APPELLATE COURT OF ILLINOIS, FIRST DISTRICT, FIRST DIVISION
512 N.E.2d 12, 159 Ill. App. 3d 27, 111 Ill. Dec. 108 1987.IL.1016
Appeal from the Circuit Court of Cook County; the Hon. Willard J. Lassers, Judge, presiding.
JUSTICE O'CONNOR delivered the opinion of the court. CAMPBELL and BUCKLEY, JJ., concur.
DECISION OF THE COURT DELIVERED BY THE HONORABLE JUDGE O'CONNOR
Defendant-counterplaintiff, Kenneth O. Munson, appeals from the order of the circuit court of Cook County granting counterdefendant's, First Bank of Oak Park's, motion to dismiss Munson's claim against it. For the reasons that follow, we affirm.
On June 28, 1980, Munson, Josh Bentley and Dr. Shakeab Alshabkhoun formed Bartlett Square Partnership (Bartlett), for the purpose of acquiring, developing, financing, leasing, and managing certain real estate described in the partnership agreement. The agreement required, inter alia, all three partners' consent when borrowing money in the name of the partnership.
Plaintiff, American National Bank and Trust Company of Chicago (American), which is not a party to this appeal, loaned Bartlett $175,000 as evidenced by a promissory note dated December 1, 1982. Bentley, who requested the loan, delivered the note to American. The note was signed by Bentley and Alshabkhoun, whose signatures were guarantied by First Bank of Oak Park (First Bank).
The December 1, 1982, note became due and payable on March 1, 1983. On that date, the December 1 note was paid off by a renewal note in the principal amount of $175,000. The renewal note, which was signed by Bentley alone, contained no signature guaranty. The March 1 renewal note became due and payable on May 2, 1983. On that date, however, no payment was made.
On July 6, 1983, American filed a complaint in the circuit court of Cook County against Bentley, Alshabkhoun, Munson and Bartlett, to collect on the March 1, 1983, note. Munson's answer and counterclaim against Bentley asserted, among other things, that Bentley had obtained the loan for his own personal benefit and that he lacked the authority to obtain the loan on behalf of Bartlett. Alshabkhoun's answer stated substantially the same things as Munson's, but added that his signature on the December 1, 1982, note was a forgery.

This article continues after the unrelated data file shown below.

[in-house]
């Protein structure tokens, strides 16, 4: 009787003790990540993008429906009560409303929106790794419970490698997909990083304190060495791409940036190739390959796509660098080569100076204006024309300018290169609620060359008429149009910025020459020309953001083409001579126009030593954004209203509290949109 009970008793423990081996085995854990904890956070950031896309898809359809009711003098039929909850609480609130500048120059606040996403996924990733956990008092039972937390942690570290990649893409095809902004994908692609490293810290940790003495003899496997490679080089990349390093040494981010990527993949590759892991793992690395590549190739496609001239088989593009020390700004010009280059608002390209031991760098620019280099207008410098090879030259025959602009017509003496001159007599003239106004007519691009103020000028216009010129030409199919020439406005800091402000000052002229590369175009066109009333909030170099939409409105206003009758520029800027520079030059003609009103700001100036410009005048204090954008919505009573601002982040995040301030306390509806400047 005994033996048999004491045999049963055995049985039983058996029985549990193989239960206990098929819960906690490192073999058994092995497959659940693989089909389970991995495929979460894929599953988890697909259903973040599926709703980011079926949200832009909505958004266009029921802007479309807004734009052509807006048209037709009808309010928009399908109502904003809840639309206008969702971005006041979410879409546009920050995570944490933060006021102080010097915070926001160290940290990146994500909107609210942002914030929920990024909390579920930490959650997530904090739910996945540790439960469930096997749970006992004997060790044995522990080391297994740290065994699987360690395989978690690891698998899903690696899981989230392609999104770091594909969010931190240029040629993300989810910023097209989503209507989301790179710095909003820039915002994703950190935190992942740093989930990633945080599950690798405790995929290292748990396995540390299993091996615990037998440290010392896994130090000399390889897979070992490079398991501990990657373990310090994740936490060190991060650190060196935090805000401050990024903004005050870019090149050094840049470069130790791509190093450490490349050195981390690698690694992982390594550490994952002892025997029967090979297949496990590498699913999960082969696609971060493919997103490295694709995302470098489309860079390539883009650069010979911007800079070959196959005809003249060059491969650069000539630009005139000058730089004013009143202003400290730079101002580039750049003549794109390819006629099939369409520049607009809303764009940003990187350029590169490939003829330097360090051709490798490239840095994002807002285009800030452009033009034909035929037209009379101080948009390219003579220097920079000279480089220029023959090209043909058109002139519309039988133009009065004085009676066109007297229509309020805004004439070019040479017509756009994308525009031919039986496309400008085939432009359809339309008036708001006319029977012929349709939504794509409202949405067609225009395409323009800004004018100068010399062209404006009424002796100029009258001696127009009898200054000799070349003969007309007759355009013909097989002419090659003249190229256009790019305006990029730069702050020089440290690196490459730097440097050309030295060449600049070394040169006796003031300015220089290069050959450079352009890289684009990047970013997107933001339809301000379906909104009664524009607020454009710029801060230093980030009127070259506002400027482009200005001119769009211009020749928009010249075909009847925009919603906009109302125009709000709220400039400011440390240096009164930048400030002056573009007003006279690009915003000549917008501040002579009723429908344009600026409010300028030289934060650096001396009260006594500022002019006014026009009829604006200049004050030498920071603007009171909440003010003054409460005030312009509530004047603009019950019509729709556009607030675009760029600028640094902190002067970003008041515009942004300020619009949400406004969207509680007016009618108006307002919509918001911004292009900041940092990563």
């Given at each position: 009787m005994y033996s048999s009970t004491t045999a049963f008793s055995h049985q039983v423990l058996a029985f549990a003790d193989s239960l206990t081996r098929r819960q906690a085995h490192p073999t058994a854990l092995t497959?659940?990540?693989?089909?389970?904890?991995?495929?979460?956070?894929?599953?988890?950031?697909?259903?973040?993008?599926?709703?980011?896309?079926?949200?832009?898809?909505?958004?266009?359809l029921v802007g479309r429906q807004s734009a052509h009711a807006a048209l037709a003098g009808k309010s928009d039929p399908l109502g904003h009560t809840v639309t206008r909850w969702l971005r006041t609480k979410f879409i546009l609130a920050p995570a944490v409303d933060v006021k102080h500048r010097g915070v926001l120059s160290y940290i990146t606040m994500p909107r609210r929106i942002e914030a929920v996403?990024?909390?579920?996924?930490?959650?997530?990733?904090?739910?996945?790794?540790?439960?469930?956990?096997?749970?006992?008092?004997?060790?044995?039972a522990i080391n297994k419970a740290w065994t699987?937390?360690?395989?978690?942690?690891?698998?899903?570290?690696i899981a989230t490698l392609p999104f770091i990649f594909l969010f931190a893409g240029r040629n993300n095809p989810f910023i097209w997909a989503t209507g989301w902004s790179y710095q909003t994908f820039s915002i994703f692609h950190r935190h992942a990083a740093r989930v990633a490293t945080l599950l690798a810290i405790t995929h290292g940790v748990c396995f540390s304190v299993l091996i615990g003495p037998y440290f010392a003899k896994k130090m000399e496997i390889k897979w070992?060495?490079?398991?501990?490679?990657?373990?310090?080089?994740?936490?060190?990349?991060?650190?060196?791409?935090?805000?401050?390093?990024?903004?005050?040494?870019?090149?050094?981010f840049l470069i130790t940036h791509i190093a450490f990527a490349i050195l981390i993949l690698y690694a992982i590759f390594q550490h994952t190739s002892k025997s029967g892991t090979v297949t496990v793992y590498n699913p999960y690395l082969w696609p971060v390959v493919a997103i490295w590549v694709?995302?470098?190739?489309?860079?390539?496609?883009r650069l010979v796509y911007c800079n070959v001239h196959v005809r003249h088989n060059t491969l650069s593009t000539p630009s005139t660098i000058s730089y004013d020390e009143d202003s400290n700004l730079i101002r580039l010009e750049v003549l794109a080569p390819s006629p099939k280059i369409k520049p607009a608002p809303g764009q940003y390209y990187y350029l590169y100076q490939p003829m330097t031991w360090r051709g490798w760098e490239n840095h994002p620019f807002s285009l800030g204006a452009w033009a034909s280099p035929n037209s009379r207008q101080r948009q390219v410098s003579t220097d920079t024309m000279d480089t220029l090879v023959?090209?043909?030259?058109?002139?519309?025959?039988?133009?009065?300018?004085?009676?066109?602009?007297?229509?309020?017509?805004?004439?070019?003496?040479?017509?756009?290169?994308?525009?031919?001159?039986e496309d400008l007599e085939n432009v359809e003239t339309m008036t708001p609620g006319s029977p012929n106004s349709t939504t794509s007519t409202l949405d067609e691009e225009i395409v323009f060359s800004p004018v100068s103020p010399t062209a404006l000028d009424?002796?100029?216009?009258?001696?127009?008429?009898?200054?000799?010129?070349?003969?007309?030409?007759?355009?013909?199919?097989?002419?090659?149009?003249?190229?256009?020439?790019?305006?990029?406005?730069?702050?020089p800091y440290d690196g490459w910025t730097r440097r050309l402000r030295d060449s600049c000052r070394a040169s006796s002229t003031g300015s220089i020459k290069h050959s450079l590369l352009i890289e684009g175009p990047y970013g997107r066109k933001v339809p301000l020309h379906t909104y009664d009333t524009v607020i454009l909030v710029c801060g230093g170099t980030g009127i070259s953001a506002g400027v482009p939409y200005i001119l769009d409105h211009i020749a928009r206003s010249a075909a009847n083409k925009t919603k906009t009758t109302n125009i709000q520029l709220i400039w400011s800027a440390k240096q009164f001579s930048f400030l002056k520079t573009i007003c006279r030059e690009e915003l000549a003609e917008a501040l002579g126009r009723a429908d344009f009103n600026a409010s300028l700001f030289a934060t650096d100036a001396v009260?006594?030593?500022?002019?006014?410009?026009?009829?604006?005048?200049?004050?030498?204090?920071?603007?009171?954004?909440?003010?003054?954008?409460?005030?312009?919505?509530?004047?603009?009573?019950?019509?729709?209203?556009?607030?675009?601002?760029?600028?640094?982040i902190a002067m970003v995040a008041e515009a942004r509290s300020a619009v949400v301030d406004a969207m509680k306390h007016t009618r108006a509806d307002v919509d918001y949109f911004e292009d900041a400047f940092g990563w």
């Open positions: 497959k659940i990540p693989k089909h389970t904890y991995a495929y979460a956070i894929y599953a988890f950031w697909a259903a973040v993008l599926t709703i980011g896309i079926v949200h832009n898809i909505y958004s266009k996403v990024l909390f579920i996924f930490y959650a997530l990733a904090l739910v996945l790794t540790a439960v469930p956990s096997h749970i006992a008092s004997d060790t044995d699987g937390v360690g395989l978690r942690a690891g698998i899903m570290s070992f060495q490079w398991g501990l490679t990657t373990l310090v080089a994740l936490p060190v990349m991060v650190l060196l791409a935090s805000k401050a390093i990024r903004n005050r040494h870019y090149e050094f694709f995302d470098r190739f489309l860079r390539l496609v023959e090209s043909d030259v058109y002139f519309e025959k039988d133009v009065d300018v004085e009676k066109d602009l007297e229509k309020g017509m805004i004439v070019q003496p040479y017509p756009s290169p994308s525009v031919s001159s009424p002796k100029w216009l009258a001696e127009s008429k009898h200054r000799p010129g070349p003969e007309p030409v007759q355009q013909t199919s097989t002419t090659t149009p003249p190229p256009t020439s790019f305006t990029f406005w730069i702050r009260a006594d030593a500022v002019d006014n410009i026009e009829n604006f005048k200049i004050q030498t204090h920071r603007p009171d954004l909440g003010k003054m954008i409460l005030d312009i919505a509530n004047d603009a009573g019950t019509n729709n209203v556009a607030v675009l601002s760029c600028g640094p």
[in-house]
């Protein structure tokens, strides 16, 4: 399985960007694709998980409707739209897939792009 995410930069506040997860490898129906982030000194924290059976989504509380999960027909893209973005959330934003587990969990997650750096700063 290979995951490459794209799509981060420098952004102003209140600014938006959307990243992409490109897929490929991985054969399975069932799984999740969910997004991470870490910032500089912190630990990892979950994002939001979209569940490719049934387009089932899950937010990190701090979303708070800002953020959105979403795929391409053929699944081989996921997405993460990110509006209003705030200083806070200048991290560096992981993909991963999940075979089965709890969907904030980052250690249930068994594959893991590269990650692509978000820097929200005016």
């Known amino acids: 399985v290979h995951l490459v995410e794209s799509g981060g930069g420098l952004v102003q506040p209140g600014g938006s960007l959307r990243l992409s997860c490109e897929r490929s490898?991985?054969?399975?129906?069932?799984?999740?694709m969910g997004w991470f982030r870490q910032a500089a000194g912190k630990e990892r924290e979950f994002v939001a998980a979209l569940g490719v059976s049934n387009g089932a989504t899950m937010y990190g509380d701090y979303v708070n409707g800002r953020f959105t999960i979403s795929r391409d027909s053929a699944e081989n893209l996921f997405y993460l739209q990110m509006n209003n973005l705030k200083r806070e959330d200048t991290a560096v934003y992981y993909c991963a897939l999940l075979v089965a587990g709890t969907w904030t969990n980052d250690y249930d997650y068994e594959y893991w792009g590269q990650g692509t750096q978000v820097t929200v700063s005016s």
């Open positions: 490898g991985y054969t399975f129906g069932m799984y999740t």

On March 15, 1985, American amended its complaint, adding First Bank as a defendant in count III. American alleged that First Bank had induced it to make the loan because of the signature guaranties on the original note dated December 1, 1982. In addition, Munson amended his counterclaim, adding First Bank as a counterdefendant in count V, and requesting damages resulting from First Bank's wrongful and erroneous signature guaranties.
On November 8, 1985, First Bank, pursuant to section 2-615 of the Civil Practice Law (Ill. Rev. Stat. 1985, ch. 110, par. 2-615), moved to dismiss the claims filed against it (the written motion incorrectly stated that it was being brought pursuant to both sections 2-615 and 2-619). On January 14, 1986, First Bank amended the motion.
After hearing arguments, on May 2, 1986, the circuit court dismissed count III of American's complaint and count V of Munson's counterclaim, without granting leave to amend, on the ground that First Bank gave no guaranty as to the March 1, 1983, renewal note. Only Munson appeals the dismissal of his claim.
Munson contends that First Bank's guaranty on the December 1, 1982, note wrongfully represented that Alshabkhoun's signature on that note was genuine. He argues that the verification of genuineness induced American to make the loan originally; therefore, First Bank must compensate him for ...